A delicious low carb chayote squash mock apple pie that tastes very close to the real thing! Enjoy this fantastic pie without guilt. It’s gluten-free too!
I’m usually in such a rush while grocery shopping that I hardly ever browse around. Instead, I keep strict to a grocery list and only grab additional items that are on sale.
However, while getting food for our Christmas dinner, I left the difficult three year old at home and was able to spend more time in the produce aisle. That’s when I realized that the store carried chayote squash.
Chayote squash must be getting popular because I’ve seen it in two local grocery stores. I’ve never noticed it before, but I really hadn’t looked for it.
I still haven’t found jicama in the store, but my sister-in-law said she does buy it locally. Apparently, if it isn’t out, you need to ask for it because they often keep in the stock room.
I’ve been told that chayote is much better low carb replacement for apples than zucchini. So, I figured I’d give it a try.
I bought 5 medium sized squash to make a chayote squash mock apple pie for Christmas. I used this recipe as a guide as I wasn’t sure how to go about using these squash in a sweet pie.
The grooves in chayote make is somewhat difficult to peel, but I figured it would be well worth it if I got a decent apple pie from them. It was definitely much harder than peeling the smooth surface on apples and zucchini.
I was expecting to see standard squash seeds in the center, but the chayote has one large seed in the middle similar to an avocado. Apparently, this seed can be eaten, but it doesn’t taste very good. I removed the seed before slicing.
Once the chayote was peeled, things moved along much faster. I boiled the slices until fork tender which took about 10-15 minutes. I figured they would cook more while baking and I didn’t want to end up with a mushy pie filling.
I mixed in sweetener, spices, lemon juice, apple extract, and some xanthan gum into the cooked squash slices. The mixture was pretty thick due to the xanthan gum, but I wanted to make sure I didn’t end up with a watery filling.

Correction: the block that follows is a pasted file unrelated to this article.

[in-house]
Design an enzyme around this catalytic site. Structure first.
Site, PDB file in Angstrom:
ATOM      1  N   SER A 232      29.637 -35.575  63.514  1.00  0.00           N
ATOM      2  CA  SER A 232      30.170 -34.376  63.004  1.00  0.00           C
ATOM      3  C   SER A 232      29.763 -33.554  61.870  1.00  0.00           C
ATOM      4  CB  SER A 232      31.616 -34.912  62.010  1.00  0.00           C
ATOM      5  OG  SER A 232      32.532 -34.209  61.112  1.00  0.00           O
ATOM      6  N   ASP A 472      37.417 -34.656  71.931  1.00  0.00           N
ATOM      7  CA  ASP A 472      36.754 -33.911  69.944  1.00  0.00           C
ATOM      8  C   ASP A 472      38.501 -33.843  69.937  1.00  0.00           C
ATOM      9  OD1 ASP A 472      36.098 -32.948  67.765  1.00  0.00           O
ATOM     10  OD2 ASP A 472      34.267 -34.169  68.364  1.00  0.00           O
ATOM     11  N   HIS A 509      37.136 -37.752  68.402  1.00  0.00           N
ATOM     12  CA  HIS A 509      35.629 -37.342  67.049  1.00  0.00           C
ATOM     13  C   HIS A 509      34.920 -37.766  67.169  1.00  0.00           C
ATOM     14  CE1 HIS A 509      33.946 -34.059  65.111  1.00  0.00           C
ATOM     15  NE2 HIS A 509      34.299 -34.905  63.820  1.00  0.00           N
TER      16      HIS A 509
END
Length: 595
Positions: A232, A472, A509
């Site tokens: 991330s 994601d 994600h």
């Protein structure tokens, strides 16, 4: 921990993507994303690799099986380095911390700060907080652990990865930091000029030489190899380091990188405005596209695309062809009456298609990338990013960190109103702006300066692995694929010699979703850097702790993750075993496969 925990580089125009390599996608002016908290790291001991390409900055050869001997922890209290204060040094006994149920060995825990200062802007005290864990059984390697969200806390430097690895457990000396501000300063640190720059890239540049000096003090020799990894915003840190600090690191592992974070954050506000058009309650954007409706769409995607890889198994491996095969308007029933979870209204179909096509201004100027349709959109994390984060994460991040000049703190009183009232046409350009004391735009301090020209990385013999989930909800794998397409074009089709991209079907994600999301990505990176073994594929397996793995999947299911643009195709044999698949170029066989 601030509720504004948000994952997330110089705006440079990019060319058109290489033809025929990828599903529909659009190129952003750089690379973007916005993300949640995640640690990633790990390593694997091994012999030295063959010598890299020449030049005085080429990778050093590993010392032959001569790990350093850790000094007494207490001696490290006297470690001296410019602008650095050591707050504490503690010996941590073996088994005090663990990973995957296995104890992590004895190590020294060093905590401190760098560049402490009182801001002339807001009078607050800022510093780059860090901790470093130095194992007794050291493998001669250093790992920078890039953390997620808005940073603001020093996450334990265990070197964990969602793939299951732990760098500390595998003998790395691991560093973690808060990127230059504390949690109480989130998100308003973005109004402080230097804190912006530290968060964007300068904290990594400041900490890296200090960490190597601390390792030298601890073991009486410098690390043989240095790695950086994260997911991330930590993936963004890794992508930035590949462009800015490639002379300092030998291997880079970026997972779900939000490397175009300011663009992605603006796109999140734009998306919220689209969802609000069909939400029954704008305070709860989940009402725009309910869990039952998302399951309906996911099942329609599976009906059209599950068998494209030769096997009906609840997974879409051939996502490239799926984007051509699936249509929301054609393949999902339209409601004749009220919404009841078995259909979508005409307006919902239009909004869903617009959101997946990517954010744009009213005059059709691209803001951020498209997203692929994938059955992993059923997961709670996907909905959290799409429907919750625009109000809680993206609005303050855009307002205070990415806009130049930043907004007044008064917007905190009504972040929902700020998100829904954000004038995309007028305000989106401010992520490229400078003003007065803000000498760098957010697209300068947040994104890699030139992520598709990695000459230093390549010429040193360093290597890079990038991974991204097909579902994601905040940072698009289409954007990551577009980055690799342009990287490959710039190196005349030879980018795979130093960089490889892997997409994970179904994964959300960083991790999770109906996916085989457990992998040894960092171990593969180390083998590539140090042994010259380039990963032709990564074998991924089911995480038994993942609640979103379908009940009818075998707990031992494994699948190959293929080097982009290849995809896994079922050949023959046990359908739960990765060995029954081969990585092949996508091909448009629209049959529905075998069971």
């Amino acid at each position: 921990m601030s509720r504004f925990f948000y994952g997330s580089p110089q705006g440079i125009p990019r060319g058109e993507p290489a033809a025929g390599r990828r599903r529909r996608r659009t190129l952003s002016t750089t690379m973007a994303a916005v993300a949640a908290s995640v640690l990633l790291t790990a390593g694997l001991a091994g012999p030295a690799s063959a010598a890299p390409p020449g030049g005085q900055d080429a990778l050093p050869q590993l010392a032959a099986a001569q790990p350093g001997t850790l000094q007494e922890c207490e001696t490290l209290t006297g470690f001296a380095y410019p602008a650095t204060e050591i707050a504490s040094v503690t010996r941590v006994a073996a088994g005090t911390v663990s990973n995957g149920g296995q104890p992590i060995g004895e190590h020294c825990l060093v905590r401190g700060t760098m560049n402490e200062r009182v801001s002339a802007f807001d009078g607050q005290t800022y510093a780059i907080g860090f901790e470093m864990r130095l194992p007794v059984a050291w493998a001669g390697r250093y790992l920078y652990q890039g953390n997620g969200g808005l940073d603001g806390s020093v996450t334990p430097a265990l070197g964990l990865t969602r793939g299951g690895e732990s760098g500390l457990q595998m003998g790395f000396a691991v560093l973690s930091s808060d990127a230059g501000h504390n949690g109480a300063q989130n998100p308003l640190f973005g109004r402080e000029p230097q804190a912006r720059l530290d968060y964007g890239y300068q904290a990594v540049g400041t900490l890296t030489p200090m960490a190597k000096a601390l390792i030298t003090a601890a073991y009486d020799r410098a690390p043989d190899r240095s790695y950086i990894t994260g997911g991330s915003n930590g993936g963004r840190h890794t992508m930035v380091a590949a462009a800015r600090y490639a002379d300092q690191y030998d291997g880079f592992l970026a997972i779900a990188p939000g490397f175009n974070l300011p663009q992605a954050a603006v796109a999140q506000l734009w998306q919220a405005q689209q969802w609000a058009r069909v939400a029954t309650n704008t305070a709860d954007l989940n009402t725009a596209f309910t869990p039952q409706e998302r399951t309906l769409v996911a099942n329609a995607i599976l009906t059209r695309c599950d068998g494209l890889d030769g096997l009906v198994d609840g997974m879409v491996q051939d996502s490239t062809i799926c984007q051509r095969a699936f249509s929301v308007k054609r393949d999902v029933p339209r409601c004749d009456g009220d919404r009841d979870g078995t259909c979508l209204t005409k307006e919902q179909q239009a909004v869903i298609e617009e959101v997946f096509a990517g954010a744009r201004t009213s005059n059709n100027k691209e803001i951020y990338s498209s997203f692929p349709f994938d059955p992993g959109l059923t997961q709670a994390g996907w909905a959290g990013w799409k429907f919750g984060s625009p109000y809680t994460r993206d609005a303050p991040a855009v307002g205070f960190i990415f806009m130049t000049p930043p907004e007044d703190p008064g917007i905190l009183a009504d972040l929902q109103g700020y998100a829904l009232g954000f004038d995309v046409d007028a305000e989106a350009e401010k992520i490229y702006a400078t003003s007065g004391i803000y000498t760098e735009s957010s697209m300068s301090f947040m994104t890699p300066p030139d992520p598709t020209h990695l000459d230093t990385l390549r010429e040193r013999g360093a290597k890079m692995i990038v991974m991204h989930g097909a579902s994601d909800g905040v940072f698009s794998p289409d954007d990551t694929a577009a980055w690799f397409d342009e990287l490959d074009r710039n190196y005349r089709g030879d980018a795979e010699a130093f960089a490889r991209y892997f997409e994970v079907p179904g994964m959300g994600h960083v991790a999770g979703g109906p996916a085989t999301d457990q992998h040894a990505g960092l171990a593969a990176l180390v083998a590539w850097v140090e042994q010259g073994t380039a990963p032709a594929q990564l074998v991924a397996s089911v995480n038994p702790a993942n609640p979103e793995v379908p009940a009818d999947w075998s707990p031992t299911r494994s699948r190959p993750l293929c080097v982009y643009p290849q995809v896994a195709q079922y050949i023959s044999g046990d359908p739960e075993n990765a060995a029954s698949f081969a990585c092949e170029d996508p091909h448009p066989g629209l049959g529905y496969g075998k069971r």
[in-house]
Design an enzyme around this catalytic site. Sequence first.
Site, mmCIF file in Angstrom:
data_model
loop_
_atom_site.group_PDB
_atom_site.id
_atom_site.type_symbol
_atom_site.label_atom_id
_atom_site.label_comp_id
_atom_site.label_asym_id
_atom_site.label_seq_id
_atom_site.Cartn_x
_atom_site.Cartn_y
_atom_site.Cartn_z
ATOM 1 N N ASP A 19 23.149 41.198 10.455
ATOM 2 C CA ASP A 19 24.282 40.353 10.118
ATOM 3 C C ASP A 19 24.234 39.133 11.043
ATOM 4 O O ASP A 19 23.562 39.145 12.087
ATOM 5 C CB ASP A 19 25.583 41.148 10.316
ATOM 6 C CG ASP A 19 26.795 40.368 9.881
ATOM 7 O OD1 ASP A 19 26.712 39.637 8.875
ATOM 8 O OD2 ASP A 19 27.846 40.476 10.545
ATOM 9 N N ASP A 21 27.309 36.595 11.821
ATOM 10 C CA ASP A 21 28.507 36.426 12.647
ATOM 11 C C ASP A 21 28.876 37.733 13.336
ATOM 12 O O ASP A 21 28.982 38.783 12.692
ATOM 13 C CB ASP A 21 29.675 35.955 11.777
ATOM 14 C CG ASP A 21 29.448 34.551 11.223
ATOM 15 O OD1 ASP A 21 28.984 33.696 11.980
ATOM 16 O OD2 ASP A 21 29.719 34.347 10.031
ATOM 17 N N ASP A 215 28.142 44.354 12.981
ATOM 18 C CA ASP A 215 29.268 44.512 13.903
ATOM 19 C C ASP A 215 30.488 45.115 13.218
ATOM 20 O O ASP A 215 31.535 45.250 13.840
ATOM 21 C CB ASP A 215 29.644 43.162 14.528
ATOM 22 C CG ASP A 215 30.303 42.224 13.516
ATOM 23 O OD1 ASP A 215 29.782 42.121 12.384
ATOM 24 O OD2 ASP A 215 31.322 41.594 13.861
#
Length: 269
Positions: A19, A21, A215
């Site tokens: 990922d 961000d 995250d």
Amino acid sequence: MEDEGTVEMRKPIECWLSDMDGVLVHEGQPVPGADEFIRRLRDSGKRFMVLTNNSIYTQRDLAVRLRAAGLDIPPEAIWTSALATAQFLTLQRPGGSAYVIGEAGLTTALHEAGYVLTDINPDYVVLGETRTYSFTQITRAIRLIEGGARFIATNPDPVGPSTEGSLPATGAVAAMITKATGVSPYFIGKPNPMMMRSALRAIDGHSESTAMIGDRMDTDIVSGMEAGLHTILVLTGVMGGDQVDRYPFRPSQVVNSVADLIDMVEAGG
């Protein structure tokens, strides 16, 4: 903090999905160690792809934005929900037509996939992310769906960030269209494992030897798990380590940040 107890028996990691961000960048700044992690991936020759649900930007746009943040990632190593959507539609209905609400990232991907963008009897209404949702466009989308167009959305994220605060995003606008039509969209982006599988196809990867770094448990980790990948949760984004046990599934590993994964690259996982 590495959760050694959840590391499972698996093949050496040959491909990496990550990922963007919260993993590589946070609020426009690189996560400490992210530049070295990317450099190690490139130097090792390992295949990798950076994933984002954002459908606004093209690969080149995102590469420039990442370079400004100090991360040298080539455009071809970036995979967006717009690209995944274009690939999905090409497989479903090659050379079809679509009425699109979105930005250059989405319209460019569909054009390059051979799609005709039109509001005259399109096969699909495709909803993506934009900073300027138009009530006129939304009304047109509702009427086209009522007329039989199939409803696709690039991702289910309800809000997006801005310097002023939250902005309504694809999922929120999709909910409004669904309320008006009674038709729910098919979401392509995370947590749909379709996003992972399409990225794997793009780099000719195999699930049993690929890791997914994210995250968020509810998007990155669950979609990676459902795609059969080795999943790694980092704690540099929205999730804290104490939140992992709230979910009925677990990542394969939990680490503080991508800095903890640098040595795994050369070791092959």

I used an unsweetened version of my coconut flour pie crust. I modified it slightly by adding in a little psyllium husk as I thought that might kelp prevent cracking. It did seem to help, but I still got a little bit of cracking when putting on the top crust. It was easy to fix, though.
To get a nice brown pie crust on top, I brushed a little bit of beaten egg over the assembled pie. Since I didn’t add any sweetener to the pie crust, I sprinkled a little bit of granular sweetener over the top crust.
I was pleasantly surprised with how this low carb chayote squash mock apple pie came out. The addition of apple extract gave just the right amount of flavor to make the squash taste like real apples.
I was also happy with the low carb gluten free pie crust. The texture of the savory pie crust was similar to homemade pie crusts that I have made with wheat flour. This is certainly a versatile crust that can also be used for savory dishes like quiche.
If you are unable to chayote, I bet this pie would work with zucchini. There is plenty of xanthan gum added to gel up any water from the cooked squash. jicama would also work if you have access to some. I’m still on the hunt for jicama and I already know one local store that has carried it.
I’d like to try and make an apple berry pie next time using either chayote or jicama for the apples. After making this low carb gluten free chayote squash mock apple pie, I’m ready to try some other recipes with this new squash I’ve discovered.
Low-Carb & Gluten-Free Chayote Squash Mock Apple Pie
Chayote Squash Mock Apple Pie
- 1 egg
- additional sweetener
- Mix crust ingredients to form dough.
- Separate into two dough balls.
- Roll each crust ball out into pie crust.
- Transfer one crust to 9 inch pie dish. Smooth out any cracks.
- Reserve remaining crust for pie top.
- Peel chayote and cut into slices.
- Boil sliced chayote until fork tender. Drain. Return to pot.
- Add sweetener, xanthan gum, lemon juice, and apple extract to cooked chayote squash.
- Pour chayote mixture into prepared pie crust. Dot filling with butter.
- Cover filling with reserved pie crust.
- Flute edges of pie crust together and cut slits on pie top.
- Brush egg on top crust and sprinkle with additional sweetener, if desired.
- Bake at 375°F for 30-35 minutes (I took mine out after 30 minutes).
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Note on Nutritional Information
Nutritional information for the recipe is provided as a courtesy and is approximate only. We cannot guarantee the accuracy of the nutritional information given for any recipe on this site. Erythritol carbs are not included in carb counts as it has been shown not to impact blood sugar. Net carbs are the total carbs minus fiber.